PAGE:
Then, you can spend a lifetime exploring the implications of that idea.
Education, together with research and engineering, is necessary for progress. The union of those three is essential! You can’t just give someone a new, powerful tool without guidance as to how to use it. I have compared C++ to a power tool. Arno Penzias, the president of Bell Labs and a Nobel Prize winner, elaborated that metaphor to help Bell Labs managers to understand C++: How would someone accustomed to sawing with an old-fashioned saw use a power-saw? By moving it forward and backwards over the wood, as they were used to. Doing that can make the power-saw jerk away with possibilities of serious injury. We must carefully consider the use of our new tool, C++, as part of design and guide the users towards effective use. Unfortunately, many prefer not to be educated, but I and others persist. We teach, we design curricula, we write articles, books, and blogs, we lecture and make videos. Educating a very diverse set of students and professionals is constant challenge. Each time we manage to get an idea across, a new set of learners come along and new ideas emerge.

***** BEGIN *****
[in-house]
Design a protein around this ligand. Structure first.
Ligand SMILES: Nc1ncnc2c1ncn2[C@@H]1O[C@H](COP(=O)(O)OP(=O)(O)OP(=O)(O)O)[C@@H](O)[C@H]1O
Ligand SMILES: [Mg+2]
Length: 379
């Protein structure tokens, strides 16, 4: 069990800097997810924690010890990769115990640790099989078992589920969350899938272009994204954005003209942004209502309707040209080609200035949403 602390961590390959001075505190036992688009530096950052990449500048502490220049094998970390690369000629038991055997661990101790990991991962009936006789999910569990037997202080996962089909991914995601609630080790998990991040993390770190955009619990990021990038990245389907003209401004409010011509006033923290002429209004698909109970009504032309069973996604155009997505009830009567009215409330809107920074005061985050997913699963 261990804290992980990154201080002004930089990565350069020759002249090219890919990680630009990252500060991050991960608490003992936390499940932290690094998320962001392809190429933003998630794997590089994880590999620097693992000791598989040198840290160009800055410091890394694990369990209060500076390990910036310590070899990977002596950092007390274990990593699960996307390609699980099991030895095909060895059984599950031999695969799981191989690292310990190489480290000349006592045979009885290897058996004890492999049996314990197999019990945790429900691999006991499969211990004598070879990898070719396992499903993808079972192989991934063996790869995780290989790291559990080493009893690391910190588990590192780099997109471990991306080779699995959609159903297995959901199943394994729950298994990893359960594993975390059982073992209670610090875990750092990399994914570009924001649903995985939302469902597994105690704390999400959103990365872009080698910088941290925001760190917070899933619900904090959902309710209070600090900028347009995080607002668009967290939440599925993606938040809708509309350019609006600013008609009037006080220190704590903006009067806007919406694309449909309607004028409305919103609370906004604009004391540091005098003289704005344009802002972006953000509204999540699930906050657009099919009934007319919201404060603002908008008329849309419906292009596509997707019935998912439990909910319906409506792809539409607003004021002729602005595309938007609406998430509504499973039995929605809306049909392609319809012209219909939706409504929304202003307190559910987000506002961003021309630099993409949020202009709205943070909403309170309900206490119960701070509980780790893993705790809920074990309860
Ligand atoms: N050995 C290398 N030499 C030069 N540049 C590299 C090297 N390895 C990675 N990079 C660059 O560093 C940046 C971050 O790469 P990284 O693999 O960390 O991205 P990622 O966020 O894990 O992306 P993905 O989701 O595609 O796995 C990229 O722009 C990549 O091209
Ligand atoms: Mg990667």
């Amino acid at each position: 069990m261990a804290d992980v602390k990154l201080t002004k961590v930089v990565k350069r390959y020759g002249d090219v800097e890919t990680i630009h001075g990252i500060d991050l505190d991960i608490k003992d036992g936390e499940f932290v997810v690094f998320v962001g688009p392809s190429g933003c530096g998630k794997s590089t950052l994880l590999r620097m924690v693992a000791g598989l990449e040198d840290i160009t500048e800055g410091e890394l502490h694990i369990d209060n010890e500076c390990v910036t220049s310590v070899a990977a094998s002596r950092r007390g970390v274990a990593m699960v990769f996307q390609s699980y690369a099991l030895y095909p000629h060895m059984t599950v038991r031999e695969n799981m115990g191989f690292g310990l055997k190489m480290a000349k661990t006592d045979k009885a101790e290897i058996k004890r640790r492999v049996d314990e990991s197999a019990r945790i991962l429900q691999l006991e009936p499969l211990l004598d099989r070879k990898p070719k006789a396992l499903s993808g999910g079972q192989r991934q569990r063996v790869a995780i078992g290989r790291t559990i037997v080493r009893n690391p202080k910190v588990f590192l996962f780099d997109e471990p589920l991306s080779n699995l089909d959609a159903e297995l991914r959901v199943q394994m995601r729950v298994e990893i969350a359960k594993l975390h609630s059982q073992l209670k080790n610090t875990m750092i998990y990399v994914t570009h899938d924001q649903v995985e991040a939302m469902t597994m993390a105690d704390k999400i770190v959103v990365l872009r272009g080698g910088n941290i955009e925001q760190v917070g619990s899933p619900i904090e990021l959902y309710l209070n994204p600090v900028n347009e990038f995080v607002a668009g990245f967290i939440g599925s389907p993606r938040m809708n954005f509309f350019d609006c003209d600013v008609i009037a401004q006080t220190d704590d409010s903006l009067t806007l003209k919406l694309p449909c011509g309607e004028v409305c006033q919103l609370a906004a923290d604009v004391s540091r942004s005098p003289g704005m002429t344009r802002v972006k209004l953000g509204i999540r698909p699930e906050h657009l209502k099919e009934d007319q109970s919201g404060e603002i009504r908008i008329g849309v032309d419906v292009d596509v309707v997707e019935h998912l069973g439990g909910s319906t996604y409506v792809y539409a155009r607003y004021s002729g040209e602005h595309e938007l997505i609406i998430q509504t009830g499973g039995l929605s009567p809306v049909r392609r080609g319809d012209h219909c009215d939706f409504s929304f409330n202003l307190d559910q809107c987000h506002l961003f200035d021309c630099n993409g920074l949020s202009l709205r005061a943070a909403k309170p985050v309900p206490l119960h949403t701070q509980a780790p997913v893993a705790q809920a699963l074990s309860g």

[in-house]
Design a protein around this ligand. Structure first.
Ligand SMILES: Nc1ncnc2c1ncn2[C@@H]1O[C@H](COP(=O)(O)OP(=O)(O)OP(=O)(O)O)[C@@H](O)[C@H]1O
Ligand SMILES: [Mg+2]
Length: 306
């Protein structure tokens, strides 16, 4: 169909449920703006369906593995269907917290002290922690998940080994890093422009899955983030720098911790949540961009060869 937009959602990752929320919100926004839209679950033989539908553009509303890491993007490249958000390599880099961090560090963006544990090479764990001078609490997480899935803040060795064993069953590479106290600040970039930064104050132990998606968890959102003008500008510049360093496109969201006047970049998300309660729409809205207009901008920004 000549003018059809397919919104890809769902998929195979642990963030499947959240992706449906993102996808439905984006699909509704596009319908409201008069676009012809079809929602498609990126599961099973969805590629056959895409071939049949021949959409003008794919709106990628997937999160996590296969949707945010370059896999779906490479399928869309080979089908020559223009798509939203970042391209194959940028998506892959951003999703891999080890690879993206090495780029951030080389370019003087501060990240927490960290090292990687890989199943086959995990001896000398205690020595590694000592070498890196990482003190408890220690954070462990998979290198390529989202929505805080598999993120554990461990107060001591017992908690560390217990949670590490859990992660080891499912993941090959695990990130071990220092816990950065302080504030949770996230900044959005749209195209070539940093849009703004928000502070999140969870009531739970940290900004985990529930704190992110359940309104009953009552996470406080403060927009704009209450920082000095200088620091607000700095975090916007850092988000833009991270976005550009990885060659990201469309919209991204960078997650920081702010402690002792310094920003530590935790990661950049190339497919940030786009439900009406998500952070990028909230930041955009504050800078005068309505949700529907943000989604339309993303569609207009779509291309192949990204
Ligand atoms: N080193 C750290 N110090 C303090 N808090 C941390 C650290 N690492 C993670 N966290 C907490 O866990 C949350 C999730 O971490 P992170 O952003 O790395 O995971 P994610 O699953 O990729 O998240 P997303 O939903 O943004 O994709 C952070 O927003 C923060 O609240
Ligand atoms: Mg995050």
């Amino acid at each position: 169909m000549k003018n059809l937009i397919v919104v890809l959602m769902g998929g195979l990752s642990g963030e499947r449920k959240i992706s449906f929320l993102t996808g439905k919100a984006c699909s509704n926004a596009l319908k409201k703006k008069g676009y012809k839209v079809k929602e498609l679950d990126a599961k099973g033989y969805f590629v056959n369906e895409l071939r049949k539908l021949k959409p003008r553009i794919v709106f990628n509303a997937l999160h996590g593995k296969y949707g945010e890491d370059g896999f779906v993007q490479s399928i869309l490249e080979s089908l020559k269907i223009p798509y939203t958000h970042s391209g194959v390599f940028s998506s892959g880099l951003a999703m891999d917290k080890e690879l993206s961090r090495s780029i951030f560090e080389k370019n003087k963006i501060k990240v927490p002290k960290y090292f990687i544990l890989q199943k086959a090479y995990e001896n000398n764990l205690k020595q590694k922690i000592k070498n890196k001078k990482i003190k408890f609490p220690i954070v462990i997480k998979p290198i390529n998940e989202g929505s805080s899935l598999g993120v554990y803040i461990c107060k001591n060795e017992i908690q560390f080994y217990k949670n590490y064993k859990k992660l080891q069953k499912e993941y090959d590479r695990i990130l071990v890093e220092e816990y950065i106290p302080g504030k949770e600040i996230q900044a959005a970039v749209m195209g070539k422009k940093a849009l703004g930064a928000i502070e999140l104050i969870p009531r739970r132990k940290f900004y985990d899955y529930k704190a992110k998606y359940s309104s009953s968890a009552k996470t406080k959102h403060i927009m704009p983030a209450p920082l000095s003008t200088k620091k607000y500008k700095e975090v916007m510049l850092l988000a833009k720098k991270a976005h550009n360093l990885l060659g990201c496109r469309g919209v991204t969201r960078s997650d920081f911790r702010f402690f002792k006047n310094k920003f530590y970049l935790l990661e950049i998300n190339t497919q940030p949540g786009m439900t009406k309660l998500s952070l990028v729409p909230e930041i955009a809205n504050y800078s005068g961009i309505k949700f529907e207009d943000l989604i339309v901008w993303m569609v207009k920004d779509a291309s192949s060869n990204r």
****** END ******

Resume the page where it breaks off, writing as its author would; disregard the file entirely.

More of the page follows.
These days, the further development C++ and the education of C++ programmers are intertwined. It is an enormous task. There are about 4.5 million C++ programmers world-wide and many, many thousands of teachers. We can’t even teach teachers fast enough. The further development of C++ is in the hands of an official international standards committee. Both the University of Carlos III and Morgan Stanley take part, as does most of the large technology companies, such as Google, Facebook, Microsoft, Intel, and IBM. It is an international effort involving people from many industries, research organizations, and user groups. Given the number of participants in the standards process and the variety of serious interests involved, it is fiendishly difficult to maintain a direction for the evolution of a language, to maintain coherence. Thus, the design effort is augmented by and constrained by efforts to communicate ideas, to analyze alternatives, and to negotiate among interested parties. This has to be done responsibly because errors would cause harm, potentially to millions of users. Also, stability of the language definition over decades becomes essential. All programmers want a simpler and a better language, but first of all, most say “Don’t break my code!”
I have now spent the almost 40 decades working on a programming language. Fortunately, the results are major and mostly positive. Essentially every one of you have used C++ today, indirectly through the computerized services you use: your computer, your phone, your car, your credit card, and more.
Thank you for listening and thanks to the University of Carlos III for honoring my work on design, programming, and C++. I treasure the distinguished title of Doctor Honoris Causa and feel that it honors not only my work, but also the significant contributions to the world of the huge C++ community.